Initial and Maintenance Margin

Hook Protocol operates on an isolated margin model for each perpetual futures market. This means the margin requirements and potential liquidations are calculated separately for each market position. At this time, there are no cross-margin markets available. Understanding margin and liquidation mechanisms is crucial for effective risk management when trading perpetual futures.

At a high level, the margin system is designed to ensure that every trader has enough surplus equity in their account such that the liquidation system can liquidate their margin account if their position moves against them before the protocol assumes any bad debt.

This is accomplished with two margin limits. First, a higher "Initial Margin" limit, specifying the amount of equity required to open or increase a position. Second, the protocol defines a lower "Maintenance Margin Limit", below which the margin account may be liquidated.

Margin Account Equity

The equity of a margin account is calculated as follows:

Equity = Collateral Balance + Net Position Size * Mark Price


  • Collateral Balance: The amount of funds deposited in the margin account. After a position is opened, this value can be negative.

  • Net Position Size: The signed magnitude and direction of the assets held by the user.

  • Mark Price: The oracle Mark Price, used to value the positions.

Notional Value

The notional value represents the total value of the positions held in the margin account:

Notional Value = abs(Net Position Size * Mark Price)

Margin Ratio

The margin ratio is the ratio of the equity in the margin account to the notional value of the positions:

Margin Ratio = Equity / Notional Value


The leverage of the margin account is the inverse of the margin ratio:

Leverage = Notional Value / Equity

Initial Margin and Maintenance Margin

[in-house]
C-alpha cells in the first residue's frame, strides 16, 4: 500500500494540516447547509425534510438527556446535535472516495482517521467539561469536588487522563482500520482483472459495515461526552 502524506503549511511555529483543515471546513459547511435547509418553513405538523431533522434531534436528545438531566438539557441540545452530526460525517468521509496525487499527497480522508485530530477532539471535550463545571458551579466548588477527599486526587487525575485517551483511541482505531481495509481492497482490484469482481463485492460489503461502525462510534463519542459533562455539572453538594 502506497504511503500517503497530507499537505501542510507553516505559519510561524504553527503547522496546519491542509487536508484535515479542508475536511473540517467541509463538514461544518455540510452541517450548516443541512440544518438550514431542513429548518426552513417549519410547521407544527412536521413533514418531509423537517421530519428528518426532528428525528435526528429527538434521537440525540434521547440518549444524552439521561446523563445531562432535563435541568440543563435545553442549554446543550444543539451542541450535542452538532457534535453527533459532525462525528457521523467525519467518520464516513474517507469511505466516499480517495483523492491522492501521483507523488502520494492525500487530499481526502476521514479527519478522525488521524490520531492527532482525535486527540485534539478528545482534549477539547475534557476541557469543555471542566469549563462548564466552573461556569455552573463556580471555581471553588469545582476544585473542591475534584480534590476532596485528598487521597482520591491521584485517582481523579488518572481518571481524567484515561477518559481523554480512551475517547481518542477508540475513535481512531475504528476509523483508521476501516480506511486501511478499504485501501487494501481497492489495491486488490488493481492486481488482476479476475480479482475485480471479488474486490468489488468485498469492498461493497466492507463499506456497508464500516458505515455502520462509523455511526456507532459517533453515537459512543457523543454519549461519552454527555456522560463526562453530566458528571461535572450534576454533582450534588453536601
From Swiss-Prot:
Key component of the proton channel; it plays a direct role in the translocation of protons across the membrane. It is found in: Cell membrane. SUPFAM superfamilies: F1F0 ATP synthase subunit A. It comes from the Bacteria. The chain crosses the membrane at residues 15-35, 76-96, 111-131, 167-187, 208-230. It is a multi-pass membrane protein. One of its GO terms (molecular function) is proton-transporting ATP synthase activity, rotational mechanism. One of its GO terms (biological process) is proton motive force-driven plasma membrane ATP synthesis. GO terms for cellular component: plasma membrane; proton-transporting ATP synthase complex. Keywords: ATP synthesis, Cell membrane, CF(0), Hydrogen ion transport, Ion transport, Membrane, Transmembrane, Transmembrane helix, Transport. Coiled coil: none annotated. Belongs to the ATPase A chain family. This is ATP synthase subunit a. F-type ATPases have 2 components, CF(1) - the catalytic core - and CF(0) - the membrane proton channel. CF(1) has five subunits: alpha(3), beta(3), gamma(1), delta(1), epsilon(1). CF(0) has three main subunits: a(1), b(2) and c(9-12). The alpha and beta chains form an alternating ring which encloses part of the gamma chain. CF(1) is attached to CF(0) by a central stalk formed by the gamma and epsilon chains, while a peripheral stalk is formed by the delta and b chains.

Each perpetual futures market on Hook Protocol has predefined initial margin and maintenance margin ratios. These ratios are published in Supported Markets.

The initial margin ratio determines the minimum margin required to open a new position, while the maintenance margin ratio is the minimum margin required to keep an existing position open.

For example, if a market has an initial margin ratio of 20% and a maintenance margin ratio of 15%, a trader must have at least 20% of the notional value of the position as collateral to open the position. However, if the margin ratio falls below 15%, the position may be liquidated.

Maximum Leverage

The maximum leverage a trader can employ is the inverse of the initial margin ratio. For instance, with the standard initial margin ratio of 20%, the maximum leverage is 1 / 0.2 = 5x.


If a trader's margin ratio falls below the maintenance margin ratio for a particular market, their position is at risk of liquidation. The liquidator then attempts to market-close all positions in the subaccount using the best prices available in the orderbook. If there is insufficient liquidity for this to occur, the liquidator may take all assets within the subaccount, resulting in a subaccount equity of 0.

If the liquidator is liquidating an insolvent account, the insurance fund, which is funded on every trade, may pay the difference.

If the insurance fund is insufficient, but the overall market is still solvent, the liquidator assumes the position.

If multiple accounts are insolvent, the market and withdrawals from the market are paused, so the liquidator can individually unwind the position. Losses will be socialized among participants in the market. It is an invariant in the protocol that all markets are isolated. So, if socialized loss sharing were to occur within a single market, no other market would be impacted, and other markets could continue to run. This feature prevents contagion across the DEX.

Avoiding Liquidations

It's important to note that if a trader's leverage is below 1x and they have a long position, their position cannot be liquidated, as their equity will always remain positive. However, if the leverage is above 1x and the market moves against the trader's position, the position may be subject to liquidation.

If the trader is short with below 1x leverage, they may still be liquidated if the value of the tracked asset increases to be sufficiently high.

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